The purchases pale in prestige compared with deals like Sony's takeover of Columbia Pictures, or Mitsubishi's purchase of the Rockefeller Center, both at the peak of Japan's economic bubble in 1989.
But current circumstances — most notably, a strong yen that is elevating Japan's purchasing power overseas — could send Japanese companies shopping again overseas, making them bigger global players despite a stagnant economy at home.
Japanese businesses have spent $27 billion buying overseas companies so far in 2010, already more than in all of 2009. That includes a string of deals by the telecom giant NTT, including its July agreement to buy Dimension Data, a network service provider based in South Africa, for $3.24 billion. Last week, the convenience store chain 7-Eleven, owned by Japan's Seven & I Holdings, made a $2 billion offer to buy a smaller American rival, Casey's General Stores.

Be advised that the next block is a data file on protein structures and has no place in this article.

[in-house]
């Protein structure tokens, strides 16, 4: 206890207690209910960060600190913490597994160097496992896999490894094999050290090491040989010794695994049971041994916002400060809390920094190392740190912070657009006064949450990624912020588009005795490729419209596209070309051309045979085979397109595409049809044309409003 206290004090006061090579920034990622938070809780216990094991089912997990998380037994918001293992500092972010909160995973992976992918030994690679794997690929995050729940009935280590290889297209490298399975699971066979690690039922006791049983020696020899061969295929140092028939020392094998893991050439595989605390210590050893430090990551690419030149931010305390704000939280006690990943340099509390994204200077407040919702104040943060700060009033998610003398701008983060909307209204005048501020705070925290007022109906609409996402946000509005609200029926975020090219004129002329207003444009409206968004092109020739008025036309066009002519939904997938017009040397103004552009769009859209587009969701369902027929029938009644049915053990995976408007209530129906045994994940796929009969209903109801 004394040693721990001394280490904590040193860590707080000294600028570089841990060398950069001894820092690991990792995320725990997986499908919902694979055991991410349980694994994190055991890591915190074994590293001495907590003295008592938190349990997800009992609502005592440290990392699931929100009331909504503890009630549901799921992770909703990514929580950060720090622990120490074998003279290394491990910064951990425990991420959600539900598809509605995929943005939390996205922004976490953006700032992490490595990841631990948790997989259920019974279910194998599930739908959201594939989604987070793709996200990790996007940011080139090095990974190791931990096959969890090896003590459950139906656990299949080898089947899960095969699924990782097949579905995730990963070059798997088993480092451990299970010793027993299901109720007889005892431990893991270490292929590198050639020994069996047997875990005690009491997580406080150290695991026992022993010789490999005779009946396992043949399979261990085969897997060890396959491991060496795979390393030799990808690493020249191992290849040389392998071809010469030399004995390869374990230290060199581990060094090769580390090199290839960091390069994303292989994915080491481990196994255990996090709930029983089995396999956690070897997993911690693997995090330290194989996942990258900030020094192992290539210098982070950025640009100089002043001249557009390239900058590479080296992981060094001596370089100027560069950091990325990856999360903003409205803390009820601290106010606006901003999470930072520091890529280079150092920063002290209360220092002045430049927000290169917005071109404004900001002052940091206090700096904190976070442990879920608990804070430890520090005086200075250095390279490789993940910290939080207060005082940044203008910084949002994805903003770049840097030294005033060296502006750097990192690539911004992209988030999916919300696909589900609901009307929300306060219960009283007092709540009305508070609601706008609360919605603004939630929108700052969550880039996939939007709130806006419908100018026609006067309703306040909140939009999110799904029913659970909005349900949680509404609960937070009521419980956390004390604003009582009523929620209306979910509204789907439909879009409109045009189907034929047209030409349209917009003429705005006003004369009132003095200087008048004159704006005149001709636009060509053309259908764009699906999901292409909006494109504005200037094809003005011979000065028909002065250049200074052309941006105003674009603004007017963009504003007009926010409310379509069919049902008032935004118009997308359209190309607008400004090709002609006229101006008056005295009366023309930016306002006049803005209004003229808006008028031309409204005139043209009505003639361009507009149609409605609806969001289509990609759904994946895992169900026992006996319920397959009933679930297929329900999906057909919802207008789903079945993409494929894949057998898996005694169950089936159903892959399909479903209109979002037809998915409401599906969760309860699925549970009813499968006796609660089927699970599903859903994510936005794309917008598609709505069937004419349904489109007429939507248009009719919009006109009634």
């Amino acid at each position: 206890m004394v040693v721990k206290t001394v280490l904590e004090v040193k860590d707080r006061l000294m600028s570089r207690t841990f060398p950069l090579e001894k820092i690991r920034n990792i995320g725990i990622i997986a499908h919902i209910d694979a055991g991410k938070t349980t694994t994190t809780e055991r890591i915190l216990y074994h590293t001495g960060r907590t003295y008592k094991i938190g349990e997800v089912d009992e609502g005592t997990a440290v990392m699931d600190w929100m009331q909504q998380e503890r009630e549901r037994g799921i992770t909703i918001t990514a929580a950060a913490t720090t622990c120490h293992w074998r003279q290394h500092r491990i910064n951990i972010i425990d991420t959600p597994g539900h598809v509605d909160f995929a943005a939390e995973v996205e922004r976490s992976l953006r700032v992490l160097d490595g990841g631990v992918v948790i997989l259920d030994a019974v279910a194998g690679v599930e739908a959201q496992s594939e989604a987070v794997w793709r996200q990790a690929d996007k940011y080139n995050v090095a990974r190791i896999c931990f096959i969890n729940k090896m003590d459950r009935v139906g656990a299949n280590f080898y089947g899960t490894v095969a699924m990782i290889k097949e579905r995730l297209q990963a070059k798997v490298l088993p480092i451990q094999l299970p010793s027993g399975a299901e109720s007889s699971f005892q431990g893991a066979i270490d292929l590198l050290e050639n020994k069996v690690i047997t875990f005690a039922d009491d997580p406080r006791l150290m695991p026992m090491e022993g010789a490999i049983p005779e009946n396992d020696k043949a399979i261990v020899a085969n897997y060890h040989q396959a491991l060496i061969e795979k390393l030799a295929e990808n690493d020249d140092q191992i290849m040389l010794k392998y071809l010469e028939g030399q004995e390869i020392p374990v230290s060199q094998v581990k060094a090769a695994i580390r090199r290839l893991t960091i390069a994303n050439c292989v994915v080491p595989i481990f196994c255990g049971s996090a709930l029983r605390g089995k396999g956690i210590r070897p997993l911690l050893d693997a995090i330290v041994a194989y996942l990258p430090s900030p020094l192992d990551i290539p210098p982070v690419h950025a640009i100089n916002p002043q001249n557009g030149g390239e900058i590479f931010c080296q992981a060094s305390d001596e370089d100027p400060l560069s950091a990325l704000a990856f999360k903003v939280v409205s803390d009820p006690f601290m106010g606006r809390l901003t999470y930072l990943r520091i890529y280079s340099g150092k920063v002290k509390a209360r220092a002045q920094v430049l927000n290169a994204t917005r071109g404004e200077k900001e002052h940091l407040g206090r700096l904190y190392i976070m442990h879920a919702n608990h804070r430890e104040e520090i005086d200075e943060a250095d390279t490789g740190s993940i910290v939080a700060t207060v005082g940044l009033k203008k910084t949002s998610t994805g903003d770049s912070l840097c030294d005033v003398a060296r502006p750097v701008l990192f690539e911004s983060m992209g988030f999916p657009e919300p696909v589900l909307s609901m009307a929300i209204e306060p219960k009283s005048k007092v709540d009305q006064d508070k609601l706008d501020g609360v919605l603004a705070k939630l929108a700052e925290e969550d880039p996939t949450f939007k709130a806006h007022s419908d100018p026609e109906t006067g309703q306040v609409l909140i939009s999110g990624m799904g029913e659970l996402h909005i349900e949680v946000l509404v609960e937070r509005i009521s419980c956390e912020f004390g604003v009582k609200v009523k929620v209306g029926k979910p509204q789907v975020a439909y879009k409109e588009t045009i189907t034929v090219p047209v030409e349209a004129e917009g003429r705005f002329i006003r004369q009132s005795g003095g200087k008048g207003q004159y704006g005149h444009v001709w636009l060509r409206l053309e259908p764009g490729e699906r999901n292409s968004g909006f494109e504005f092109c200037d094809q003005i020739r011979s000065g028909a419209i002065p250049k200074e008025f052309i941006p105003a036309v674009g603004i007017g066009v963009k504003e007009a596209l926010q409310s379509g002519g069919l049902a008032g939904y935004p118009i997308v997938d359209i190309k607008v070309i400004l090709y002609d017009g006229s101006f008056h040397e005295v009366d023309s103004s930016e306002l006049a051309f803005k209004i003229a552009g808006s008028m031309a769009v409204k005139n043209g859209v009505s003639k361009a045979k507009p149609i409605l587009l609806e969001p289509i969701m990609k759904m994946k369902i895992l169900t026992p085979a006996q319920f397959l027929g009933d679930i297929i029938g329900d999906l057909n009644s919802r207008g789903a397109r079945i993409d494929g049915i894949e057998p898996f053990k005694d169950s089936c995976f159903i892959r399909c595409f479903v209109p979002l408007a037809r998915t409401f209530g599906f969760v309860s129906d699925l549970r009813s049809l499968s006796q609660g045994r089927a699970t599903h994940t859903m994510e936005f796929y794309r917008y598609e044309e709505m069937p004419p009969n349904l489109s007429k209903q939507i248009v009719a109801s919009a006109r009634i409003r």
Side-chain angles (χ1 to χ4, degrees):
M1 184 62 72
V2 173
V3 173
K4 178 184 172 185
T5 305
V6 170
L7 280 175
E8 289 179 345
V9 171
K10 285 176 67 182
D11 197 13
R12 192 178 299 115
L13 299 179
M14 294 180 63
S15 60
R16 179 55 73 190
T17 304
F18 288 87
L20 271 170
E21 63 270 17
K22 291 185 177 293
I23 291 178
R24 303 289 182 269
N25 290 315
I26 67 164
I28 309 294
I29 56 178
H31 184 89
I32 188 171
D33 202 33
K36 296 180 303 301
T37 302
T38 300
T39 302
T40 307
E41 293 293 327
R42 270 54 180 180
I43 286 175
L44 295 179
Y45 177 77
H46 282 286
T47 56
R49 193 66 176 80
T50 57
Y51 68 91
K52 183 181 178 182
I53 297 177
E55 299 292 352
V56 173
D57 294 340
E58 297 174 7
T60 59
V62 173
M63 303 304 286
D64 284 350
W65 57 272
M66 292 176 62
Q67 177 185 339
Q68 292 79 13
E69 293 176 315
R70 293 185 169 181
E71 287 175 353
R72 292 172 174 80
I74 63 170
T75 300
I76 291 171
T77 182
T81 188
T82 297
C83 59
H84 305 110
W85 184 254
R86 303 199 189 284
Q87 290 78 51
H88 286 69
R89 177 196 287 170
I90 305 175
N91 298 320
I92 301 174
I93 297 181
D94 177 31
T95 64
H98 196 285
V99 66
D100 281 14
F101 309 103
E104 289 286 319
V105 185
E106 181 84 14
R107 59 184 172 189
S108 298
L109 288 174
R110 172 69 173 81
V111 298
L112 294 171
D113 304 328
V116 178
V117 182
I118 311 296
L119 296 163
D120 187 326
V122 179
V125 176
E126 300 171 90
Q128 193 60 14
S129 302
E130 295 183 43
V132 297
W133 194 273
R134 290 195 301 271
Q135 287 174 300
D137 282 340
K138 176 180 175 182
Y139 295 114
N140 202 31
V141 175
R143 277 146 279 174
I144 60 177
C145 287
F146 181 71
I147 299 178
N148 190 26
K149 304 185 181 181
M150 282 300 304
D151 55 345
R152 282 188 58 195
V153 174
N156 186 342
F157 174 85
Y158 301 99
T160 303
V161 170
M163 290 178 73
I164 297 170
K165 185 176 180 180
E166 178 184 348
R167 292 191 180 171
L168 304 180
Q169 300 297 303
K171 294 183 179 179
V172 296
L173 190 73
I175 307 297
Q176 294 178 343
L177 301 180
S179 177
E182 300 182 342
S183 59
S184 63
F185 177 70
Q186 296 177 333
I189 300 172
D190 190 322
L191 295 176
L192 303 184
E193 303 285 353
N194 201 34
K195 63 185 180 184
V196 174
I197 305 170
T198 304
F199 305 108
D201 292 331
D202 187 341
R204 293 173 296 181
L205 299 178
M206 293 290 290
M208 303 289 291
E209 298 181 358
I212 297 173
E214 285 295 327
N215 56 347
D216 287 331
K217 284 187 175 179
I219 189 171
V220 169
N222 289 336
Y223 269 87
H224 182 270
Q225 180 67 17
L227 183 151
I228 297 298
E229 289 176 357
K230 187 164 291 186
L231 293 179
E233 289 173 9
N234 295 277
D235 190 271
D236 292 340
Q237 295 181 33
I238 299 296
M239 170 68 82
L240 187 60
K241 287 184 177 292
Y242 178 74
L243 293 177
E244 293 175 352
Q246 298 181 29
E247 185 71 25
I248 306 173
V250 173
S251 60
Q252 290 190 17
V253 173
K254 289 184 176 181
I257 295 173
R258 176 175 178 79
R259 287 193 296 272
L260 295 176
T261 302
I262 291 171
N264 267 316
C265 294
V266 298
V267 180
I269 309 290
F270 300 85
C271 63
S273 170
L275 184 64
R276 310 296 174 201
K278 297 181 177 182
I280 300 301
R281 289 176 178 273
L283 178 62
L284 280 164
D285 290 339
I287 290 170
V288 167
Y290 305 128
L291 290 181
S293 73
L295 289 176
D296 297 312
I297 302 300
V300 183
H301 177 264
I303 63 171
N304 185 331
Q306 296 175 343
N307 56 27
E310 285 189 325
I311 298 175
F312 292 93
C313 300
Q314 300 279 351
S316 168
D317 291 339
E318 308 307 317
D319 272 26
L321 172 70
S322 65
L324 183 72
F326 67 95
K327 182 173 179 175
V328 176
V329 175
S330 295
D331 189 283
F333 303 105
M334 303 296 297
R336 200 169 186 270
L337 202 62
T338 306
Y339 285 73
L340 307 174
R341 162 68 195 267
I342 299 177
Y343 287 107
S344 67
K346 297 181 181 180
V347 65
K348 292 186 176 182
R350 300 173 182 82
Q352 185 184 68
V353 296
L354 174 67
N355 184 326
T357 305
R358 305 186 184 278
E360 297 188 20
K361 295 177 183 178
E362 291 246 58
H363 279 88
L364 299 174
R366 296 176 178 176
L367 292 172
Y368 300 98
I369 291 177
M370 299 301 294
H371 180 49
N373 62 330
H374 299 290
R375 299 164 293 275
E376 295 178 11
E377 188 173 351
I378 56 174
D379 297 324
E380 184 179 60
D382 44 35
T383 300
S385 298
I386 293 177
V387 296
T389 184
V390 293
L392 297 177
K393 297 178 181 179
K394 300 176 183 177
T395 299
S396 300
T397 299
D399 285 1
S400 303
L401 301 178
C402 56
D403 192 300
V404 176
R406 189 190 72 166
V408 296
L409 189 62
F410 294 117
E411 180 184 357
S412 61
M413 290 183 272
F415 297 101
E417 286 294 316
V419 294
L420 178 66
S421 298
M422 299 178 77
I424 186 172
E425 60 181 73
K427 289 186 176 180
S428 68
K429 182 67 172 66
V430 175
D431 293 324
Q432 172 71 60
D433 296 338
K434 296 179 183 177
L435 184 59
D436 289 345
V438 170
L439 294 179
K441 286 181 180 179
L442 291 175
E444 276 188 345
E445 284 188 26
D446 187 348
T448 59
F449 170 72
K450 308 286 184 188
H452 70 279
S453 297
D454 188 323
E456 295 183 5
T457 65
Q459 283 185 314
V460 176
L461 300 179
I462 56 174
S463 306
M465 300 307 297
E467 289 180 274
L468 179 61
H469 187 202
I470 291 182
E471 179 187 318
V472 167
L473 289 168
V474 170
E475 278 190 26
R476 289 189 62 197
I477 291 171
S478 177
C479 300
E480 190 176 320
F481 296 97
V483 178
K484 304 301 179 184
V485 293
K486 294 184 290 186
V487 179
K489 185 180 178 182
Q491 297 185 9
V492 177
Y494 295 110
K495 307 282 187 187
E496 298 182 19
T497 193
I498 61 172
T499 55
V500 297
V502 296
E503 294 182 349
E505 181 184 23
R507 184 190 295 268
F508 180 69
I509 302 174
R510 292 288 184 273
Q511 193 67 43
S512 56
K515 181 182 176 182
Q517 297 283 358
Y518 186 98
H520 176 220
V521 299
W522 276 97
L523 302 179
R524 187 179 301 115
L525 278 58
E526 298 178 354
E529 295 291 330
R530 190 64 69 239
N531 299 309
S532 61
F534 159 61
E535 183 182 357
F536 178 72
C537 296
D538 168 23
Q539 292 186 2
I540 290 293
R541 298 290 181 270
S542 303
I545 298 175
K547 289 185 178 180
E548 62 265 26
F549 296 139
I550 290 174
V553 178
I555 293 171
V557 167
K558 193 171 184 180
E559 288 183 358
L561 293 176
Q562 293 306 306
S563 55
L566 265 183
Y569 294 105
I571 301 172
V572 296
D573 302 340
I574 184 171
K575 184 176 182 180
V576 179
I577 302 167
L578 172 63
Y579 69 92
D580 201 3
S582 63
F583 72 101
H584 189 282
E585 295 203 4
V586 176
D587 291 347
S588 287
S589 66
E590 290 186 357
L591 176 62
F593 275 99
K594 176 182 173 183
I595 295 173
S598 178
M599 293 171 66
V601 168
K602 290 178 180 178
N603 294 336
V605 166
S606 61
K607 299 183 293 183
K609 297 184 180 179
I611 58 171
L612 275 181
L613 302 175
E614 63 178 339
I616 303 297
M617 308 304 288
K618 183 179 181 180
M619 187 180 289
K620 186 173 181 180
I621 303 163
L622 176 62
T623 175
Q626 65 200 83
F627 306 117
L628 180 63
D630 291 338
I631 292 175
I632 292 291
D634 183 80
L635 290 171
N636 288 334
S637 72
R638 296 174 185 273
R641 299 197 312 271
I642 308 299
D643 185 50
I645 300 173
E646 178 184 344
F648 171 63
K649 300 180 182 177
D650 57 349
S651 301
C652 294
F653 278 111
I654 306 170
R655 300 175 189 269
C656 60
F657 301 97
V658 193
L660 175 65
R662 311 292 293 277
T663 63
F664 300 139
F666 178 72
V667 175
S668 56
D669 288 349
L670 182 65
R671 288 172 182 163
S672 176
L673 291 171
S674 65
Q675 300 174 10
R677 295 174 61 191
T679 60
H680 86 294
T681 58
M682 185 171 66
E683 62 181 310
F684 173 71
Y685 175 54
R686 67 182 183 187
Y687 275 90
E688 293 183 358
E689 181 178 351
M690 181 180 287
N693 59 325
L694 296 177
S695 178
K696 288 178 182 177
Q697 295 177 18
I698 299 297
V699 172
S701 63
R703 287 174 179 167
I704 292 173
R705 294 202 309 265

Just as aggressive, on a smaller financial scale, is Japan's biggest e-commerce company, Rakuten. In the last four months it has acquired the American online retailer Buy.com for $250 million and paid a similar amount for a European Web shopping site, PriceMinister.
"This is a rare opportunity for Japanese companies to aggressively acquire foreign companies," Hiroshi Mikitani, Rakuten's founder and chief executive, said in a recent interview. "They have cash, they can finance it. They should do it, and build a presence globally."
The soaring yen has weighed on Japan's export-led recovery as manufacturers like Toyota and Sony wring their hands, watching foreign competitors easily beat their prices. But businesses like Rakuten are mining the dark cloud's silver lining, using their high-value yen to go on global shopping sprees.